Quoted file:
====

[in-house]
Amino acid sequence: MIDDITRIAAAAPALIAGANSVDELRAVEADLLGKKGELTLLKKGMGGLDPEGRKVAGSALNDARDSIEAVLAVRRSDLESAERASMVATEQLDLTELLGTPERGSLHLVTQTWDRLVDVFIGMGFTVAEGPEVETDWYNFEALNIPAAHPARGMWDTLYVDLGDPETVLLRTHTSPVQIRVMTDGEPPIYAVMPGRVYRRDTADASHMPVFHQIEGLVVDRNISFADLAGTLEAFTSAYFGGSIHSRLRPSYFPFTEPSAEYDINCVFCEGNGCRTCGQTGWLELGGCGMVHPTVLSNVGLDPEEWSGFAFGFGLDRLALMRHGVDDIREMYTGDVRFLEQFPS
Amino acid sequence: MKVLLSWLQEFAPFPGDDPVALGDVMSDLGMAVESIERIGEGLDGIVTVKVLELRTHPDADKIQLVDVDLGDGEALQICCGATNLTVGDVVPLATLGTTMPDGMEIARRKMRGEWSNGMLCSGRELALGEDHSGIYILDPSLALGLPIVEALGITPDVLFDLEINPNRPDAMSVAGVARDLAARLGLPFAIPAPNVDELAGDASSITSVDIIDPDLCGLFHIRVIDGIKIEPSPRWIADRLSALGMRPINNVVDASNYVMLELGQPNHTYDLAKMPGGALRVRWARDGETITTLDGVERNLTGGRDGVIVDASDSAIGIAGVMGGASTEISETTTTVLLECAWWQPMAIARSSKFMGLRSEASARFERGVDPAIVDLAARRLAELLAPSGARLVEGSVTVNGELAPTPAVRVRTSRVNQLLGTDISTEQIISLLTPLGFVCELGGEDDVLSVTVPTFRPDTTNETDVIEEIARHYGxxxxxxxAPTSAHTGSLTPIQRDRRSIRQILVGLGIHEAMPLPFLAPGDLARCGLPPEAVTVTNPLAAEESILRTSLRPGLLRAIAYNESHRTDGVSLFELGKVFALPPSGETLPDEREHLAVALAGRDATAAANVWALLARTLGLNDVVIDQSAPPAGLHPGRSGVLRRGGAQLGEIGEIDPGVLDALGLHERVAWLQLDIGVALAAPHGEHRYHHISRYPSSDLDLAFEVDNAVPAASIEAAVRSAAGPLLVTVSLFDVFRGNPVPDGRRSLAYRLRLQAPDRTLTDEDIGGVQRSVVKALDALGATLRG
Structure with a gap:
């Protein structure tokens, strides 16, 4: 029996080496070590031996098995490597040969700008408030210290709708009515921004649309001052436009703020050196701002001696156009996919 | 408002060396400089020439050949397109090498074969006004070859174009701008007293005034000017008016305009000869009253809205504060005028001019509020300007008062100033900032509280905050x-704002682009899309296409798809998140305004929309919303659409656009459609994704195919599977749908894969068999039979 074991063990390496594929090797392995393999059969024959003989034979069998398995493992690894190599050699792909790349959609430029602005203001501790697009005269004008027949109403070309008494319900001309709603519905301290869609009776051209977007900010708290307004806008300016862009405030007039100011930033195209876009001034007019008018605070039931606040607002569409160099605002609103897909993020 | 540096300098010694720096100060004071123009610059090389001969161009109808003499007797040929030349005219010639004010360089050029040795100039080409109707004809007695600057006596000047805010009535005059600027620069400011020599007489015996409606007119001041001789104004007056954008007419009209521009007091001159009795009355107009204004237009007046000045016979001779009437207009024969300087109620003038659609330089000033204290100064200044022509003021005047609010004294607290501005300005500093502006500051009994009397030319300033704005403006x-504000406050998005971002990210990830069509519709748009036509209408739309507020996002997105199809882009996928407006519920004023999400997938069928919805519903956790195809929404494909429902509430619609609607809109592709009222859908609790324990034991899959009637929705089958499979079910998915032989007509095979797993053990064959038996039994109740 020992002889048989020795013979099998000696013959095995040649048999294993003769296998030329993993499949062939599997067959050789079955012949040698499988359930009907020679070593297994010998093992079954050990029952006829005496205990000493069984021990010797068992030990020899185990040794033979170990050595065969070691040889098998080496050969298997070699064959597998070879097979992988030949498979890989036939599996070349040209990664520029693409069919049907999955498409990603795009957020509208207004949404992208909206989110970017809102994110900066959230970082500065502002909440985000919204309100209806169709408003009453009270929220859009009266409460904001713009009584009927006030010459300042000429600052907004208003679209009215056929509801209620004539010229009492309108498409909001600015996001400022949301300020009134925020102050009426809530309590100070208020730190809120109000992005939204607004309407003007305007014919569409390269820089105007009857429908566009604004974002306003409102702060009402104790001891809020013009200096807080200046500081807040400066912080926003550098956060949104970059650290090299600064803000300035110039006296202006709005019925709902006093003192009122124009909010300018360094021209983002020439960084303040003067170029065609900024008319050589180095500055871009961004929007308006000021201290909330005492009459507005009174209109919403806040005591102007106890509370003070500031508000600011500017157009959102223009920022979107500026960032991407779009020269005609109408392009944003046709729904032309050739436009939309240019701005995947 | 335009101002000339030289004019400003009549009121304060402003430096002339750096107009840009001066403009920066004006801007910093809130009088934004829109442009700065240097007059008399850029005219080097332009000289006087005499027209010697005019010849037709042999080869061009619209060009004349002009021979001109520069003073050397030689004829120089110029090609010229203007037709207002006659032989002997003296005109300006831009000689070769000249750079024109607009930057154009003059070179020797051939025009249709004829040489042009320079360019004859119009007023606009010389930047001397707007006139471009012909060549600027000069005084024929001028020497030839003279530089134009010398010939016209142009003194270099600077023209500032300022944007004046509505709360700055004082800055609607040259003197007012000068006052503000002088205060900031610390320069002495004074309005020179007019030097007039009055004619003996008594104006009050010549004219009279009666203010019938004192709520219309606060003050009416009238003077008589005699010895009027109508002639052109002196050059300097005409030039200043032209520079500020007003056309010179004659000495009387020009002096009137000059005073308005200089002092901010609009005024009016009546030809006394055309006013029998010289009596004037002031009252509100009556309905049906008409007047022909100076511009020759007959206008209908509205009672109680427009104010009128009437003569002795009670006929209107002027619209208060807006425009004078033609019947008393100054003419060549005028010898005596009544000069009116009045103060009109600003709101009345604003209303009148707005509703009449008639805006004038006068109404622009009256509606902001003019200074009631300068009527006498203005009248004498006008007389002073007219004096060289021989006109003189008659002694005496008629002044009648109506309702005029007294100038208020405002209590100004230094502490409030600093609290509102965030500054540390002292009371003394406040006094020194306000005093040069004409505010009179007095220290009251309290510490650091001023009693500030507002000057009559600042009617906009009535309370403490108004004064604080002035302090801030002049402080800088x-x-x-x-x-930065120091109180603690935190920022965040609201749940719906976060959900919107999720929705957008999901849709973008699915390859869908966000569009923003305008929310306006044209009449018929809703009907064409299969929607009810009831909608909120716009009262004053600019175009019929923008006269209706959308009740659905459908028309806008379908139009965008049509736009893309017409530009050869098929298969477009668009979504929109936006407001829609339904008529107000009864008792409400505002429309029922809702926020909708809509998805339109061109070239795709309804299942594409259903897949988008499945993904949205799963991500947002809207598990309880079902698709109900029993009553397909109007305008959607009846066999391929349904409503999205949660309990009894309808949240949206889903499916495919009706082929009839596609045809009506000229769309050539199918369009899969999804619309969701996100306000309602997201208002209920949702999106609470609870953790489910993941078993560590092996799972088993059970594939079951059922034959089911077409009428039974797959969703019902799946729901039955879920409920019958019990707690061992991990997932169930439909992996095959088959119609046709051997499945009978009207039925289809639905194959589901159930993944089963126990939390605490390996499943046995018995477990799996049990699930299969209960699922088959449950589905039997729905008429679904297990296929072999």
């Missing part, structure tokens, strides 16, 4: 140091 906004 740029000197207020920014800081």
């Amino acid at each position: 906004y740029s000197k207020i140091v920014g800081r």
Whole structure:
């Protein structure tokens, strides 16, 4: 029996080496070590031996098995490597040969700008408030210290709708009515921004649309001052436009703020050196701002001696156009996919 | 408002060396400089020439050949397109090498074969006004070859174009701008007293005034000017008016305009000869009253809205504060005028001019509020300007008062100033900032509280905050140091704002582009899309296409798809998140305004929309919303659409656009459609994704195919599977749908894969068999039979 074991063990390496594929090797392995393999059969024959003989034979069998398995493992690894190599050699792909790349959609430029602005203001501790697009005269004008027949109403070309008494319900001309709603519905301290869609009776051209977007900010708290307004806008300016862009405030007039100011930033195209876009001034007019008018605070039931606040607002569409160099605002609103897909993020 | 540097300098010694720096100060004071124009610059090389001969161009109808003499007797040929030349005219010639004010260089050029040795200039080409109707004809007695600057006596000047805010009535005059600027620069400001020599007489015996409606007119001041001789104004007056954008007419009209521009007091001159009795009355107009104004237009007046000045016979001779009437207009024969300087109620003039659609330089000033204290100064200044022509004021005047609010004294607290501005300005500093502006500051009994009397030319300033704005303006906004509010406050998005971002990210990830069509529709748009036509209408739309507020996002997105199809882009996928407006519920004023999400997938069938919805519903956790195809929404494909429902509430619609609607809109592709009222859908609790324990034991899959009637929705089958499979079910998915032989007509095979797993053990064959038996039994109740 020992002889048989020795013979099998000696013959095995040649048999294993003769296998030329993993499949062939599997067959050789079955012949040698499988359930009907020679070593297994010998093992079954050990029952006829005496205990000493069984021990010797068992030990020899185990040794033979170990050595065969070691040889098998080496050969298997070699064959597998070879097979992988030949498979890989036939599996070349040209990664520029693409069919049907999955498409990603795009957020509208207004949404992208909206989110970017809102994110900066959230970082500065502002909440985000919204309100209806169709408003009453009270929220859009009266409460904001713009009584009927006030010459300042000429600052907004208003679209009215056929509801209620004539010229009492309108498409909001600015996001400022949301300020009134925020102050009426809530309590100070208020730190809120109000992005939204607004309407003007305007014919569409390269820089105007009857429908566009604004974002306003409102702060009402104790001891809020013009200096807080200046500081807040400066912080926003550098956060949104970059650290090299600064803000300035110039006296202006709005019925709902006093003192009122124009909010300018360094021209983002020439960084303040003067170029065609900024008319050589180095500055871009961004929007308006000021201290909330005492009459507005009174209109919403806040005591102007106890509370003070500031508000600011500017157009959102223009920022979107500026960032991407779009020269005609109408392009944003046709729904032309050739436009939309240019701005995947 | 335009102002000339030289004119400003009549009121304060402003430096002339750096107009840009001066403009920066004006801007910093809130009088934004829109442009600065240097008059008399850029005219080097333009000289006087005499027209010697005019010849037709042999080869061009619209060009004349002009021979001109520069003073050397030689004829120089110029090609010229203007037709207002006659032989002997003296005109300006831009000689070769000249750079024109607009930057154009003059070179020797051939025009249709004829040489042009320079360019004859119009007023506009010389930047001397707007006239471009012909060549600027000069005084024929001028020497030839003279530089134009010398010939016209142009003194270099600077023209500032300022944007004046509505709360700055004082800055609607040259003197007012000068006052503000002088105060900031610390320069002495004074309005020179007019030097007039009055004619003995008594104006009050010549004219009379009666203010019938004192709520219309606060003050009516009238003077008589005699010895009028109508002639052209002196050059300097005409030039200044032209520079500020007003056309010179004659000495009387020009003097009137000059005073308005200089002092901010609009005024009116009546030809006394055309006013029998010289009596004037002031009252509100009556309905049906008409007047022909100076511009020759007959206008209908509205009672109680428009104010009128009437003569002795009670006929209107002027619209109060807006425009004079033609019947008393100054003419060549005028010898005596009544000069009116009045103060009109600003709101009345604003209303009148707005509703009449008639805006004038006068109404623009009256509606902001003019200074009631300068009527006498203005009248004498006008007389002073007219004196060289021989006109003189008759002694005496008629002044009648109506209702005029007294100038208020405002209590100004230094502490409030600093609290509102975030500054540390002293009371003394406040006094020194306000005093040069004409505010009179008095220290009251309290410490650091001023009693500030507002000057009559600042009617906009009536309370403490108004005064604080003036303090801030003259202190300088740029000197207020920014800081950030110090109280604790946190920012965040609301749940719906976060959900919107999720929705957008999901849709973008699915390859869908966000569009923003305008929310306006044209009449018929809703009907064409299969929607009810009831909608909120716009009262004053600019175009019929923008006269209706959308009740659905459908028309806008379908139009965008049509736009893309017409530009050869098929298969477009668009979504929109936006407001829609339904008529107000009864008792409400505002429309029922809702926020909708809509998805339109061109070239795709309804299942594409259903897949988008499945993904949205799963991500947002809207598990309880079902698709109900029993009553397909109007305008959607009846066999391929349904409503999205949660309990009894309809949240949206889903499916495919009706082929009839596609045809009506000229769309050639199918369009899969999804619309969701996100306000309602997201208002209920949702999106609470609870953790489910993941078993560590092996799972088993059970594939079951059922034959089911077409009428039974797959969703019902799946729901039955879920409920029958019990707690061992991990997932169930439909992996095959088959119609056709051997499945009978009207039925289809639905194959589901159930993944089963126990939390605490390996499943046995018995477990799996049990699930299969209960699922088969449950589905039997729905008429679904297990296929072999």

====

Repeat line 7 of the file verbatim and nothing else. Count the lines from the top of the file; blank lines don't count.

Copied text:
């Amino acid at each position: 906004y740029s000197k207020i140091v920014g800081r």